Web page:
On the quantitative criteria of subspecies in insects. Case study of Entomoscelis adonidis (Coleoptera: Chrysomelidae) in European Russia and the Caucasus

Zootaxa. 2023 May 22;5293(2):201-229. doi: 10.11646/zootaxa.5293.2.1.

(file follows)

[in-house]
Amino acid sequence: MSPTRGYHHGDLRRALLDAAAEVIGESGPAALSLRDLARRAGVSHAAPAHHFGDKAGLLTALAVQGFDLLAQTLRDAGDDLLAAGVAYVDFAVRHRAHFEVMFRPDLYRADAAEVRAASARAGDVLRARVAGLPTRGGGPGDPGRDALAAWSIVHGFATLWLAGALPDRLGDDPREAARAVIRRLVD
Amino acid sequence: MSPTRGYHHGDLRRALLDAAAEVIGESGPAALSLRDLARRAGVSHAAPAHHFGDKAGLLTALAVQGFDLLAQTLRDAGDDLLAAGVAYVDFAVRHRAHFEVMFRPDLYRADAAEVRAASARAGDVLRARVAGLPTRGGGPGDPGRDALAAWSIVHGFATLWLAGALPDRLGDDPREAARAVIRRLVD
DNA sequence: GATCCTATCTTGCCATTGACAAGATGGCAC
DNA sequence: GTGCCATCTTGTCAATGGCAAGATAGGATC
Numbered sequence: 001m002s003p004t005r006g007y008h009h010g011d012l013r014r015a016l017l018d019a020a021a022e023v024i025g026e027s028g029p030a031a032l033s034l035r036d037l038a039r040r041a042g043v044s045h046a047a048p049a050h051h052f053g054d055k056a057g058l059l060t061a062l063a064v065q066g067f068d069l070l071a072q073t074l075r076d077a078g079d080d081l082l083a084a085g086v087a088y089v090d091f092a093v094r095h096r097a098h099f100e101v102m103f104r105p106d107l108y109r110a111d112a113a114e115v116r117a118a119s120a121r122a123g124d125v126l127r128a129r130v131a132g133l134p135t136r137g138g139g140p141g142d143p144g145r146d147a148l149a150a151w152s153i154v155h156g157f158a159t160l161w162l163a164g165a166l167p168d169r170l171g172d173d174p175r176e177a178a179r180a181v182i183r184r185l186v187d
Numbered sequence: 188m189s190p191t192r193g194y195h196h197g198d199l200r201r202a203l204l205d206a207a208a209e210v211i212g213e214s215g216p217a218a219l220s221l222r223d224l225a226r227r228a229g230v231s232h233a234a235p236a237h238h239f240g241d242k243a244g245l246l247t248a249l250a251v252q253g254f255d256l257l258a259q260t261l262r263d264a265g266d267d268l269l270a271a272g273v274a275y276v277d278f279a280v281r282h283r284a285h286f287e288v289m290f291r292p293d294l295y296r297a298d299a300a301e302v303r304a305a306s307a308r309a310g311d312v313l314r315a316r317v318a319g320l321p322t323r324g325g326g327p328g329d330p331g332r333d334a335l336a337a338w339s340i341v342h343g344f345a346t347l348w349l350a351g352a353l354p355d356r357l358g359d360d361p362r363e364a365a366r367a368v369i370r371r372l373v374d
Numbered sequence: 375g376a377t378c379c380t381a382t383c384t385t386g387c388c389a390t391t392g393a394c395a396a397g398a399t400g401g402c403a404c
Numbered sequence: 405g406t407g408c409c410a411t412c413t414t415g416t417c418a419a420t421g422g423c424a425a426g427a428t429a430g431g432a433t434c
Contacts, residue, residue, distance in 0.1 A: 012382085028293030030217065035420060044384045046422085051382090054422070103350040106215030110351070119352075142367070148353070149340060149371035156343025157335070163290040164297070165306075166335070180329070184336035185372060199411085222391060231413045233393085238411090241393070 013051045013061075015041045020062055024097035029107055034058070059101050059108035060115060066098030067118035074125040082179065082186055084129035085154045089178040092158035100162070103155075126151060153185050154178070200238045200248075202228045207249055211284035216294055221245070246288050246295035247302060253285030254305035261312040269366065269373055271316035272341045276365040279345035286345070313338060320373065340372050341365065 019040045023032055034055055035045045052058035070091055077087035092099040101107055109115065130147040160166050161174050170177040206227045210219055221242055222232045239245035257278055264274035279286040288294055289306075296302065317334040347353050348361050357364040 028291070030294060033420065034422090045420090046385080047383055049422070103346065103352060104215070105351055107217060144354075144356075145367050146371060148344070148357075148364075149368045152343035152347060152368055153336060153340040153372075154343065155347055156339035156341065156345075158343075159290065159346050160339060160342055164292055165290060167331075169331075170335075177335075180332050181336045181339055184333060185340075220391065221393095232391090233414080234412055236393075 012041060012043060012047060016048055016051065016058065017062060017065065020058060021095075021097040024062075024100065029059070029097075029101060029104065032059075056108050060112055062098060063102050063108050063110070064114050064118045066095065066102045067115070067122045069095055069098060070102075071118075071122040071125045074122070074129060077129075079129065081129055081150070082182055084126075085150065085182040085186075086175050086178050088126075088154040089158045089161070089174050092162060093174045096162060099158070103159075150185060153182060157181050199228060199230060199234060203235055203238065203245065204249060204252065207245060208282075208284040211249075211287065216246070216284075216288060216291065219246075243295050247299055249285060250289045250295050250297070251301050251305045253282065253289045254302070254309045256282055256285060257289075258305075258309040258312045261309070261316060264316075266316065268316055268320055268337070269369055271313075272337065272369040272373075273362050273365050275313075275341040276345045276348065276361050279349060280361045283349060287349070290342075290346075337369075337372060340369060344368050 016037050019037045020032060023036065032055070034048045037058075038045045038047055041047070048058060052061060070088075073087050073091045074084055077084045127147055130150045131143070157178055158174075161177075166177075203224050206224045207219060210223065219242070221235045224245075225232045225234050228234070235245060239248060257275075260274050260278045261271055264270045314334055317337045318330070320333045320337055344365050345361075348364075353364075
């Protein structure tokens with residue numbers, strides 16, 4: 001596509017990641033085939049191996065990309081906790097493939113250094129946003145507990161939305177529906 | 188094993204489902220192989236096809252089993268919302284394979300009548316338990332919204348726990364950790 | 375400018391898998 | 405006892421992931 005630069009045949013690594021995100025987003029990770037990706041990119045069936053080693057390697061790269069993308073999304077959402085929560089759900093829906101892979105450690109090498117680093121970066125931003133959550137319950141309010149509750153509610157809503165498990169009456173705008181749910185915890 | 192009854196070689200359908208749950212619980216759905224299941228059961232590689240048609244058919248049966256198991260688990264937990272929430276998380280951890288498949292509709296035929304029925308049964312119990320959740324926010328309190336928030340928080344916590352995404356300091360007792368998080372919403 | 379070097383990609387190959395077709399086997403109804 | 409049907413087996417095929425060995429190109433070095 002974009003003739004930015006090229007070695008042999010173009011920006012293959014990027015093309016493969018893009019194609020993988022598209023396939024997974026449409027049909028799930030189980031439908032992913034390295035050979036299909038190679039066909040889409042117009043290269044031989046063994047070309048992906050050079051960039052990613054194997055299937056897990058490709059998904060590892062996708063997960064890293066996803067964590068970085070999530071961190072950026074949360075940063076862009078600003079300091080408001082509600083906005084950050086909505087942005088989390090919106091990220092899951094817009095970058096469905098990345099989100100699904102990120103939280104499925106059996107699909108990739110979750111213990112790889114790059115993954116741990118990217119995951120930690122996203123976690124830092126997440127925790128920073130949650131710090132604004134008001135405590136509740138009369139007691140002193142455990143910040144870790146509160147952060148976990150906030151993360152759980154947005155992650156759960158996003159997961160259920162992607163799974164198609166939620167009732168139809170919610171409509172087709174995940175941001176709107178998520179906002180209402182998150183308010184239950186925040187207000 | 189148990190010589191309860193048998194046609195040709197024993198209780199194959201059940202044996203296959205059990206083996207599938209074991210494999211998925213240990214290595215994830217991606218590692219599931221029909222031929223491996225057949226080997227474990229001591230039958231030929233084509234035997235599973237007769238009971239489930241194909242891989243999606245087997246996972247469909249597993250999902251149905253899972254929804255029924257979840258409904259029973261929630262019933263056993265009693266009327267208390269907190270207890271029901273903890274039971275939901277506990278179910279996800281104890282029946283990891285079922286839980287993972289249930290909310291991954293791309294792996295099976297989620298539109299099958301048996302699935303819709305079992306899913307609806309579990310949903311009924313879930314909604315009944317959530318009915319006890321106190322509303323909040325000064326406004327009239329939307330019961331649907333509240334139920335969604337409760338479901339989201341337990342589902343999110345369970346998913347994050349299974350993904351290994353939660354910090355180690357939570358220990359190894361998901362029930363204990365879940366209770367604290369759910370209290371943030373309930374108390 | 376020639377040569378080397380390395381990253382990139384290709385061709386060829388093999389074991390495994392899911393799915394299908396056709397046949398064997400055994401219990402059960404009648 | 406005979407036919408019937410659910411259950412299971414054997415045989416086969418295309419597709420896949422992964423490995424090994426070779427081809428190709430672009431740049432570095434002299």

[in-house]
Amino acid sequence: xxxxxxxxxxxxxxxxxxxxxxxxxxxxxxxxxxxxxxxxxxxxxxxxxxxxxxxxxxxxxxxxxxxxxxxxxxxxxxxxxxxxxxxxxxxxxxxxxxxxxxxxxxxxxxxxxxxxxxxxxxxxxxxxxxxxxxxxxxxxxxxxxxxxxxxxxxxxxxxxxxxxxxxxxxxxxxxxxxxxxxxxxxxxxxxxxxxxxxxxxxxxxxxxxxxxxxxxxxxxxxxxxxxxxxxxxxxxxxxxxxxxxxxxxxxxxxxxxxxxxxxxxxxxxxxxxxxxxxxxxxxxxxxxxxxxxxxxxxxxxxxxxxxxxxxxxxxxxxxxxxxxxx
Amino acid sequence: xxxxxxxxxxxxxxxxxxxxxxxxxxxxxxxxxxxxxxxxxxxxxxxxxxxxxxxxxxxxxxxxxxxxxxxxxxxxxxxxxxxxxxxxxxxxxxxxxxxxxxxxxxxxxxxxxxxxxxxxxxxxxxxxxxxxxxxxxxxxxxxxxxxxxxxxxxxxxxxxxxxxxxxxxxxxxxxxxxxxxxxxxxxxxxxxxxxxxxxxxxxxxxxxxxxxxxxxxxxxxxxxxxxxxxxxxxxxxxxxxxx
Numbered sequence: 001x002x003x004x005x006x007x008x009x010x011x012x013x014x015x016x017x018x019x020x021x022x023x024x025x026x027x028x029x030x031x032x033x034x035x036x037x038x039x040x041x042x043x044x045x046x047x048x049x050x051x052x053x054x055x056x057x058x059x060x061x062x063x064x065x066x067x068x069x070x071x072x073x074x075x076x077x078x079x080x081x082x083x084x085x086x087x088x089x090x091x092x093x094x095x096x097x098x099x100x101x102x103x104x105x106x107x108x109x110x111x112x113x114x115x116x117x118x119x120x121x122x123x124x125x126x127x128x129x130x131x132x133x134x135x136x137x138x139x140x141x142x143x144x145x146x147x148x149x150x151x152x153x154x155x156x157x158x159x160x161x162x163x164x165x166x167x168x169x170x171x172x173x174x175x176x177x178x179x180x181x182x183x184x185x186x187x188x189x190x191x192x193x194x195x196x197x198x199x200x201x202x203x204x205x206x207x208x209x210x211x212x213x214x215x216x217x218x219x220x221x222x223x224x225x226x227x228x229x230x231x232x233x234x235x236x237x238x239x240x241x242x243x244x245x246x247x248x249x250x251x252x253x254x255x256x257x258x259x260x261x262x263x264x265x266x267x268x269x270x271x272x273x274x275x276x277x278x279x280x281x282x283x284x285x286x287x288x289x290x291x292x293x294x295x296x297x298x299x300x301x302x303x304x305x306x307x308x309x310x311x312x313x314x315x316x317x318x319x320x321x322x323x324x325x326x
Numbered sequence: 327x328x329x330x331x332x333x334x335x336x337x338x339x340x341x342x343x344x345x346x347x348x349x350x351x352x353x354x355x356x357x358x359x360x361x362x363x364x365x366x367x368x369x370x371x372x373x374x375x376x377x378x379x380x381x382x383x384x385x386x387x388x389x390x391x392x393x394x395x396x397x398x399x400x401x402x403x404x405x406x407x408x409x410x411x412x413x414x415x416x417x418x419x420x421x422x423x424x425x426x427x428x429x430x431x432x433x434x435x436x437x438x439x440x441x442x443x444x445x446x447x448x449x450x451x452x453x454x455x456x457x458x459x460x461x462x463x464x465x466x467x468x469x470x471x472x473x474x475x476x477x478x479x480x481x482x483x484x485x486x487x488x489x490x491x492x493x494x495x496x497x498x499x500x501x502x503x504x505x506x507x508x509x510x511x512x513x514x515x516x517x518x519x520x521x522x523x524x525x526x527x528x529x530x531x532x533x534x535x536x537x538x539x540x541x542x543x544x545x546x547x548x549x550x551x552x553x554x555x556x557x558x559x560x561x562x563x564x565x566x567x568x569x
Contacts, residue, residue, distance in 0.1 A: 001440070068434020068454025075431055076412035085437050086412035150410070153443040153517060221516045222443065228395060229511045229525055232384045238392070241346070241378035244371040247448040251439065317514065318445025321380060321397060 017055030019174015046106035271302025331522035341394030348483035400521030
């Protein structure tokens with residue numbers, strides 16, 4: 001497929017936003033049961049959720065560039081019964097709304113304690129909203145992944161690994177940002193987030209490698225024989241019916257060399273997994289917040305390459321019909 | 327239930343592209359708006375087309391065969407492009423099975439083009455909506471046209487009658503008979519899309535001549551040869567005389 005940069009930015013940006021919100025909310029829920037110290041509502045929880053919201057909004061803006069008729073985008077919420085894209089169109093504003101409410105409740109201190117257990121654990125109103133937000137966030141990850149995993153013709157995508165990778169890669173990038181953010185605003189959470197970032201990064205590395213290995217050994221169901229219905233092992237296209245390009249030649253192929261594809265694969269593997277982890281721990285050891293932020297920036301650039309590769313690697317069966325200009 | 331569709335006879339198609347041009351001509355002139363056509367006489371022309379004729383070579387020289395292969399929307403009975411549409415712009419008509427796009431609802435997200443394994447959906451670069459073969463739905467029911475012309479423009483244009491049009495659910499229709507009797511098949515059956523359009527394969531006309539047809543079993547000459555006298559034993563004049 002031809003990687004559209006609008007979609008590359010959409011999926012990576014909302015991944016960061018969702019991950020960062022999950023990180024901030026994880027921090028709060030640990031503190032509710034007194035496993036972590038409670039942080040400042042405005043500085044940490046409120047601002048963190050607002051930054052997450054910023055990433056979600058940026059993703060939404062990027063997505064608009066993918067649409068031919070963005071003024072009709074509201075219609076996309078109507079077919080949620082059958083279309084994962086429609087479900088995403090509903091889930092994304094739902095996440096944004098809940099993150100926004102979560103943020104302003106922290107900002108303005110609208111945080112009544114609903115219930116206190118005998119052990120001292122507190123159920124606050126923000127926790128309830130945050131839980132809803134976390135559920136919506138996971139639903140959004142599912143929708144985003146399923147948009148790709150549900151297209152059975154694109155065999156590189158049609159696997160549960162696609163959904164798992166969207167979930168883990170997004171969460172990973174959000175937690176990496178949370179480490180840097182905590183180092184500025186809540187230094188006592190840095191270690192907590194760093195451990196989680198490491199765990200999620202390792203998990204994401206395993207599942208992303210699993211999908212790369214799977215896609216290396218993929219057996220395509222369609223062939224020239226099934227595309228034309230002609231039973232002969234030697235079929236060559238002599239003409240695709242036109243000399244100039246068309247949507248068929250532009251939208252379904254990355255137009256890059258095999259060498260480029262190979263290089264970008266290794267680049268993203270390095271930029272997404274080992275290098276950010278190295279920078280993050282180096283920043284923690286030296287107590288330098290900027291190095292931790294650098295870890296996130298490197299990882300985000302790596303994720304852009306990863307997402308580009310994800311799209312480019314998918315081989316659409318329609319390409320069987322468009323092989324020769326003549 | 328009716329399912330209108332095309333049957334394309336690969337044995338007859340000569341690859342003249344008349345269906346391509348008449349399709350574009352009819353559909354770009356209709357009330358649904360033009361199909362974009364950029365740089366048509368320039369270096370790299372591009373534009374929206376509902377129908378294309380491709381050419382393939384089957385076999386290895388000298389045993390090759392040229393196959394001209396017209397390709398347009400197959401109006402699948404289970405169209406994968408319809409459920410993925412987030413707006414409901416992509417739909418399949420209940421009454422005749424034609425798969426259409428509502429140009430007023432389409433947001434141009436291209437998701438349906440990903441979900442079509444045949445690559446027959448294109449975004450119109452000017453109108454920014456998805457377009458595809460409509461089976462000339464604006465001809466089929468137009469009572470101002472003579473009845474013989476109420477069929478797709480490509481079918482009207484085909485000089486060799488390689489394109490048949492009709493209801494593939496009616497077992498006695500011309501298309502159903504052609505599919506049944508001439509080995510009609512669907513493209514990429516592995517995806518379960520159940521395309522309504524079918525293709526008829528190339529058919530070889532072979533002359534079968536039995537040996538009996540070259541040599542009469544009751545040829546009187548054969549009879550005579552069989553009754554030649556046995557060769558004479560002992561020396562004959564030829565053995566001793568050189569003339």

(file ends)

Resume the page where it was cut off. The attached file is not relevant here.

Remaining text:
Many insect subspecies are described without a statistical assessment of differences. In this work, an attempt is made to statistically process the morphological differences of some recently described subspecies. In this regard, a taxonomic review of Entomoscelis adonidis (Pallas, 1771) (Coleoptera, Chrysomelidae) and related taxa described from European Russia and the Caucasus is presented. Statistical processing of numerous materials (782 specimens) from type localities of the nominal taxa adonidis, spuria Jacobson, 1896, caucasica Kippenberg, 2020, and bashkiriae Kippenberg, 2020, and their environs showed the presence of geographical variability in several characters, which, however, does not reach the level of species or subspecies. For subspecies, the classic "75 %" rule is applied. Therefore, all these specimens are considered to belong to the same species and subspecies. For nomenclature stability and to clarify the taxonomic position of closely related taxa, the neotype of Chrysomela adonidis Pallas is designated from the type locality; the neotype is in accordance with the currently used interpretation of E. adonidis adonidis. Besides that, the lectotype of Entomoscelis adonidis var. spuria Jacobson is designated. The paratypes of E. adonidis caucasica Kippenberg and E. dorsalis bashkiriae Kippenberg were studied. The following new synonyms are proposed: E. adonidis adonidis (Pallas, 1771) = E. adonidis caucasica Kippenberg, 2020 (syn. nov.) = E. dorsalis bashkiriae Kippenberg, 2020 (syn. nov.). The status of E. adonidis var. spuria Jacobson, 1896 as a junior synonym of E. adonidis adonidis is confirmed. The endophallus, particularly, flagellum of E. adonidis was studied for the first time. Several Brassicaceae species, namely Berteroa incana, Barbarea vulgaris, Sisymbrium officinale, Capsella bursa-pastoris, and Thlaspi arvense, as well as Adonis vernalis (Ranunculaceae) are confirmed as host plants of the adults of E. adonidis in cages.